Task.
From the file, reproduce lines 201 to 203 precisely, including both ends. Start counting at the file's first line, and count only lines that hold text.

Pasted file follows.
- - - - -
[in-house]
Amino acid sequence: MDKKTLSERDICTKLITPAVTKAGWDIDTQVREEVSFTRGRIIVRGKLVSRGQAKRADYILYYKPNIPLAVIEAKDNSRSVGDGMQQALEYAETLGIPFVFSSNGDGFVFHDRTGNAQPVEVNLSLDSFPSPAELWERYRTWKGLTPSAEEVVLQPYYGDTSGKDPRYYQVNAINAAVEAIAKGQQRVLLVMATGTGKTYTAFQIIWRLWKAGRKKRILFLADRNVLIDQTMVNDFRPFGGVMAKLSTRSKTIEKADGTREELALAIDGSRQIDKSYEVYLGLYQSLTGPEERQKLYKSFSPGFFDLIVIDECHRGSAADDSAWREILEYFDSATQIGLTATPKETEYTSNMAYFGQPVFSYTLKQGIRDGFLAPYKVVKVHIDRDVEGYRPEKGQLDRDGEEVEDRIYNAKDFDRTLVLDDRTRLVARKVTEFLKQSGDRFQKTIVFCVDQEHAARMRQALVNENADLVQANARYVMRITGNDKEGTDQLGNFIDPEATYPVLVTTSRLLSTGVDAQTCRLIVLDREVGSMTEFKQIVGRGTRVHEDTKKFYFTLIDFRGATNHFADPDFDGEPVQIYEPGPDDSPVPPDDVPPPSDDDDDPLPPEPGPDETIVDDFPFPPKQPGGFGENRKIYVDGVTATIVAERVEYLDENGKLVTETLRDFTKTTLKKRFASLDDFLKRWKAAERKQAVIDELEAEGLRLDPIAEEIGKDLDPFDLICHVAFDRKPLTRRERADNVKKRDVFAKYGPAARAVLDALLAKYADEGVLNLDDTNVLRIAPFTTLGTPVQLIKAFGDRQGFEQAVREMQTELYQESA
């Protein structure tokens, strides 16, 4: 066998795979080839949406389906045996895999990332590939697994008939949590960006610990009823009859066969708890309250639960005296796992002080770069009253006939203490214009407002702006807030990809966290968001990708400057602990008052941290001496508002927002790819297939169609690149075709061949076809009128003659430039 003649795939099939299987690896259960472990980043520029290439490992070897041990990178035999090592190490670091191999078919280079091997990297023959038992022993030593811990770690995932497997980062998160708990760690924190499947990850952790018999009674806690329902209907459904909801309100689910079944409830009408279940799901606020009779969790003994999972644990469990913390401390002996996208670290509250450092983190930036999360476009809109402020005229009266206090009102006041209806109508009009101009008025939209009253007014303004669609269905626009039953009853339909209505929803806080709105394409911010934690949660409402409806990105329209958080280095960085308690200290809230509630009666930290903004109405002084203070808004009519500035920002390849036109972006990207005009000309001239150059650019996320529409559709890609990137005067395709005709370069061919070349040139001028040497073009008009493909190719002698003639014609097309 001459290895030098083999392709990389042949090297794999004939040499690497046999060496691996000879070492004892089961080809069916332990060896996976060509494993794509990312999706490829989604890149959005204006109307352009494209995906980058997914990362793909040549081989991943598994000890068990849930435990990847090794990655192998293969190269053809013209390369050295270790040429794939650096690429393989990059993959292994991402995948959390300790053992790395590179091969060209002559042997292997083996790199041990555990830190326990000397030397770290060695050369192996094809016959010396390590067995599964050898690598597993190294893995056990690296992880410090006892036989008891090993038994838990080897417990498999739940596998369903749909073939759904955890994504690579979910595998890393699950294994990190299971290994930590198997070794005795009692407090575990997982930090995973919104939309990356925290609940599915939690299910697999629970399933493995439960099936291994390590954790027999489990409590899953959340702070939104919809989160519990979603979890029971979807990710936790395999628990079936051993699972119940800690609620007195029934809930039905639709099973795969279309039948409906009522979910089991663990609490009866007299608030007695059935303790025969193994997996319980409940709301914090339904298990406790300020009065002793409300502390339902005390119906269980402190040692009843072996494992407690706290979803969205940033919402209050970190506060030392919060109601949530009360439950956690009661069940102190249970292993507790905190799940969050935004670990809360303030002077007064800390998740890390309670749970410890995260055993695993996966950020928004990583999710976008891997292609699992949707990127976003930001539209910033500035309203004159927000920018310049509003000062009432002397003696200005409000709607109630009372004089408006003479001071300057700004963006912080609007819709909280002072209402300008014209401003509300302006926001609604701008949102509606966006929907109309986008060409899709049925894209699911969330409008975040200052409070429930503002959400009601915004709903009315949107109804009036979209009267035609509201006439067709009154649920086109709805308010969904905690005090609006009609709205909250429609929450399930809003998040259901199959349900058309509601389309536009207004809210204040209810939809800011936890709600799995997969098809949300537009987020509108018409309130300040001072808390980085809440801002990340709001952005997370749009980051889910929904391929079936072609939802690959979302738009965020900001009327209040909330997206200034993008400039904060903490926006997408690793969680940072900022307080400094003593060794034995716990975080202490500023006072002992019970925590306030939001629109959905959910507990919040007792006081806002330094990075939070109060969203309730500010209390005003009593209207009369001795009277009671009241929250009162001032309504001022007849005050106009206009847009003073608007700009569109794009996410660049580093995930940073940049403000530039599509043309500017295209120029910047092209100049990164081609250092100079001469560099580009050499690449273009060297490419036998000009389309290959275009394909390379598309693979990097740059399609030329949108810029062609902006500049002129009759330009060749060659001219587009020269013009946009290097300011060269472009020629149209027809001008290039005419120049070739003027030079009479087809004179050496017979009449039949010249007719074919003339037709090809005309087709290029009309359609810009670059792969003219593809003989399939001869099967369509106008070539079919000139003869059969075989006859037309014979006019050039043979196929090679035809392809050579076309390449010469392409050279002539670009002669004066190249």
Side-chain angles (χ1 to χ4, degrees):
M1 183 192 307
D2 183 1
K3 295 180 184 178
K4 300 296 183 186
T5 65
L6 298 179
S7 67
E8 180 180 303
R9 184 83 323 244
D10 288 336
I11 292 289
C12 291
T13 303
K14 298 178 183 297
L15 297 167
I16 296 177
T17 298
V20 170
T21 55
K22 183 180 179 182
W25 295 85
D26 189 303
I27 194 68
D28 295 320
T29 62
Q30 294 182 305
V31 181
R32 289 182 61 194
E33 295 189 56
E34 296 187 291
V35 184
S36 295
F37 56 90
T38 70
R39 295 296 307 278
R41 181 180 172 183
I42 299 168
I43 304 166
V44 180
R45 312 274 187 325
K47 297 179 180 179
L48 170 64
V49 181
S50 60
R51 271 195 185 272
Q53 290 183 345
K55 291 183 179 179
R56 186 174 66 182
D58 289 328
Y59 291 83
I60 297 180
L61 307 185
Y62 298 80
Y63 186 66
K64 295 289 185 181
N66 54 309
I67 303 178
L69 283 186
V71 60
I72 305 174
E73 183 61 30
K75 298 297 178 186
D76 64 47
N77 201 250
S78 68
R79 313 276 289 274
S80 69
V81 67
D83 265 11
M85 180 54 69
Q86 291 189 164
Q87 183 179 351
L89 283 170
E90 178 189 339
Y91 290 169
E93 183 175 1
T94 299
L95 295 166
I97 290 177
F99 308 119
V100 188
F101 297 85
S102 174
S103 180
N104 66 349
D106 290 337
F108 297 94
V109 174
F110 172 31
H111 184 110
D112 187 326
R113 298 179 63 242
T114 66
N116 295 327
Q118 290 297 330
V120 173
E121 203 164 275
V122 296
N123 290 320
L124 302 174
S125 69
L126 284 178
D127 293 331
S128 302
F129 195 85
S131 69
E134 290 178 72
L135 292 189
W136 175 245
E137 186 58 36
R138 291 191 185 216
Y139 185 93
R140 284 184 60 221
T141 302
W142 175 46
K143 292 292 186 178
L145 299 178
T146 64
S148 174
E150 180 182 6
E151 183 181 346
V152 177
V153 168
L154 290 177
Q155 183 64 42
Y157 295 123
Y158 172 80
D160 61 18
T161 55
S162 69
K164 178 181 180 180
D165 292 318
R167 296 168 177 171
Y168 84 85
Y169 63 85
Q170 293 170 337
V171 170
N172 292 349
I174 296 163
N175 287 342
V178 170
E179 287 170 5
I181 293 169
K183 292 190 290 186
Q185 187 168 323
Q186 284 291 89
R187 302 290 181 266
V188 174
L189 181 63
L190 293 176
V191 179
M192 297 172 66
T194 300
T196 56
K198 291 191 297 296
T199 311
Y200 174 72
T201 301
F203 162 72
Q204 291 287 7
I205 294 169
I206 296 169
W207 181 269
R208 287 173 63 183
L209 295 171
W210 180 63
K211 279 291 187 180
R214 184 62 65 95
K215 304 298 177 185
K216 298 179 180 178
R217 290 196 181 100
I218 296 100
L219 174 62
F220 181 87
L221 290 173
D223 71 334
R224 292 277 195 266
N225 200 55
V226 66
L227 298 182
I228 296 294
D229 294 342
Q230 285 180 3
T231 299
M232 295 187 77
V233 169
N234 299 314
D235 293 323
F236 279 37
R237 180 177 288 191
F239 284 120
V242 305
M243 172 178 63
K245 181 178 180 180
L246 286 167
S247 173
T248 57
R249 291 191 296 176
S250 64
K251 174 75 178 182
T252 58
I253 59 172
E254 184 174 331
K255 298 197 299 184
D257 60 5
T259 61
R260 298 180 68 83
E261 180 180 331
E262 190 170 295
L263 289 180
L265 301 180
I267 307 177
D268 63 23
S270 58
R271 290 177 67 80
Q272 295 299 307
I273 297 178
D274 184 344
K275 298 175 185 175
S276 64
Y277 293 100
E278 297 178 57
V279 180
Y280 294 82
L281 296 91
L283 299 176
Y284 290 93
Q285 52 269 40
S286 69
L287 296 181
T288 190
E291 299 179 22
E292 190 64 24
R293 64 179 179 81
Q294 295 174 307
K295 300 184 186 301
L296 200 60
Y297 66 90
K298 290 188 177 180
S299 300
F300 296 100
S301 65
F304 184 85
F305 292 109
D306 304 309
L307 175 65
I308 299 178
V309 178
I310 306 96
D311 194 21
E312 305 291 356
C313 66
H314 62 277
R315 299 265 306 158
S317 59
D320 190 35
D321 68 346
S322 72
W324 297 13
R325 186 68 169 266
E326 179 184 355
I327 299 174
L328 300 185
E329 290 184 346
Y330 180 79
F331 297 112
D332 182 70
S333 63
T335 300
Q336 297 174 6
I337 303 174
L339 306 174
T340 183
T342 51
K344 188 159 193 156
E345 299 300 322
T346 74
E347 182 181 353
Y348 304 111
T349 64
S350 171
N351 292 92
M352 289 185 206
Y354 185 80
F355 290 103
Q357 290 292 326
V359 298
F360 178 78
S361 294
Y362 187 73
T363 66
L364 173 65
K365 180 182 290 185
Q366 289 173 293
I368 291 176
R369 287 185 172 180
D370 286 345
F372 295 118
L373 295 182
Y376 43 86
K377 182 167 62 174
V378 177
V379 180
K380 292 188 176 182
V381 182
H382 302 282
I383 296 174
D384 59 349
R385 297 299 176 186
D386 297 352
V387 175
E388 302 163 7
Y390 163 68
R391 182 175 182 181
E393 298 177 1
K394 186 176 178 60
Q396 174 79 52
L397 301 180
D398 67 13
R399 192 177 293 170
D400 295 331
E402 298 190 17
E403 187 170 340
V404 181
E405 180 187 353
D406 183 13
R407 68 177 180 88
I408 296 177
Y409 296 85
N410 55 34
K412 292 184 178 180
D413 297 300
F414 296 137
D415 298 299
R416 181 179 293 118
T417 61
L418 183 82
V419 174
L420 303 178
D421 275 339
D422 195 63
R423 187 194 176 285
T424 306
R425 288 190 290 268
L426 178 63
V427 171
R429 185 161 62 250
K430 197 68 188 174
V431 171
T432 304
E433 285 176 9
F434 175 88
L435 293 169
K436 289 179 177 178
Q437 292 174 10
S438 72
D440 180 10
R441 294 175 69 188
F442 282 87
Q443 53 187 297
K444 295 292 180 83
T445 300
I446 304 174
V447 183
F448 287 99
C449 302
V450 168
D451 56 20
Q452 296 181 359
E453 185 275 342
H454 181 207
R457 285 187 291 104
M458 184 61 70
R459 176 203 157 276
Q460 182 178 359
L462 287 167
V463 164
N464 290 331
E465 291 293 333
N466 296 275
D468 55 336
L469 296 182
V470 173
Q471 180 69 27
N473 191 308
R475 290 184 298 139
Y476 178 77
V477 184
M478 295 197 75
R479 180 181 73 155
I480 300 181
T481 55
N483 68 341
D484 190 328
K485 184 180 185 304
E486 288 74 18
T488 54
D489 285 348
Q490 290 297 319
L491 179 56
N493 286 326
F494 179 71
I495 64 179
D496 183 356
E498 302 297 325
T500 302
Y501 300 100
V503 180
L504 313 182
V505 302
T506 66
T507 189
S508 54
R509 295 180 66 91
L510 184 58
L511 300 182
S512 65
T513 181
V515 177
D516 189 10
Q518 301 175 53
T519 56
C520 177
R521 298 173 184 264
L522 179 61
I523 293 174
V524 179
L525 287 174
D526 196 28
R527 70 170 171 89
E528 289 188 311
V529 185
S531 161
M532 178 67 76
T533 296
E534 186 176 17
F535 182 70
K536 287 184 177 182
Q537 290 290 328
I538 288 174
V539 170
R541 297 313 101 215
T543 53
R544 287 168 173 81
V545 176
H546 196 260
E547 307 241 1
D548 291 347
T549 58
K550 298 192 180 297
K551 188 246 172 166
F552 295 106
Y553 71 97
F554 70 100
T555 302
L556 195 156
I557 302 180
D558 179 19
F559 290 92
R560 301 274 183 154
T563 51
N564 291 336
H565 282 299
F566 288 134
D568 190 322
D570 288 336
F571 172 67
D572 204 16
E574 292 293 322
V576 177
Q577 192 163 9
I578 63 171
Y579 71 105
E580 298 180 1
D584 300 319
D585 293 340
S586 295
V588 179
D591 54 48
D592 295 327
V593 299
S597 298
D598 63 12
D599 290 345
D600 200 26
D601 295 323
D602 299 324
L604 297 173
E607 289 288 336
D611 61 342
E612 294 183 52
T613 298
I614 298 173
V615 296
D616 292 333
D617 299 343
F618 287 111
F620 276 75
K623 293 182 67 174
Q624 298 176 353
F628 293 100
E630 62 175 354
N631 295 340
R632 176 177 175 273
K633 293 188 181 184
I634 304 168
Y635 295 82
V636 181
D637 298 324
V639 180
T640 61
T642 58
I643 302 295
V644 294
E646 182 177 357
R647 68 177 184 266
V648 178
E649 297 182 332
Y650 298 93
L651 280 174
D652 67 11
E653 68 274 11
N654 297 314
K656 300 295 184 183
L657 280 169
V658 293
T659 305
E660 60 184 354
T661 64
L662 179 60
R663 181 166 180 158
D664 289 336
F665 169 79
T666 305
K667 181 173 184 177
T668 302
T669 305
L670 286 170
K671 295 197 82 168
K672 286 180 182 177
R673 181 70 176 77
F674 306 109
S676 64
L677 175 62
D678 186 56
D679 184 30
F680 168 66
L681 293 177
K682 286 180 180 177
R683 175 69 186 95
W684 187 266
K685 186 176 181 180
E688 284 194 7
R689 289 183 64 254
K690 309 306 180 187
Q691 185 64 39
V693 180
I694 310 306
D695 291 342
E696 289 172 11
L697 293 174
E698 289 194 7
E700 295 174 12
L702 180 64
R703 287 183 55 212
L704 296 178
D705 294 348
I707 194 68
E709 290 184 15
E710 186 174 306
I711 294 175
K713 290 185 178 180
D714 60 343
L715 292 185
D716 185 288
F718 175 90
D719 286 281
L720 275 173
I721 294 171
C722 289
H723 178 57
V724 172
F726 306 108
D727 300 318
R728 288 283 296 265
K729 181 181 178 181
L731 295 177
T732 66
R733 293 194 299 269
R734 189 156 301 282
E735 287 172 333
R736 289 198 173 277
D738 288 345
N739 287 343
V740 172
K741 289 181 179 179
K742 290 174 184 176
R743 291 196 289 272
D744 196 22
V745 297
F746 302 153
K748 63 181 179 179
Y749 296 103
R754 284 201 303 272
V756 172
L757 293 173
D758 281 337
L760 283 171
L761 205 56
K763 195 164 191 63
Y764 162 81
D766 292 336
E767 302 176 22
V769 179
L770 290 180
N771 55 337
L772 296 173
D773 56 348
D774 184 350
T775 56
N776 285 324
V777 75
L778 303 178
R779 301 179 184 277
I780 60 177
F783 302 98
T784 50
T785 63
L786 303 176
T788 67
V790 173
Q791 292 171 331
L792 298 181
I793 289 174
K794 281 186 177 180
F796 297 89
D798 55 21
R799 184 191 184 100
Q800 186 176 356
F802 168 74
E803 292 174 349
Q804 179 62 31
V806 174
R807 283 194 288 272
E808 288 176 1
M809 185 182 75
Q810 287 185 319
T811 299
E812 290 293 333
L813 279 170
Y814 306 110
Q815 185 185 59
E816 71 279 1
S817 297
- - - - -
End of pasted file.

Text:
T248 57
R249 291 191 296 176
S250 64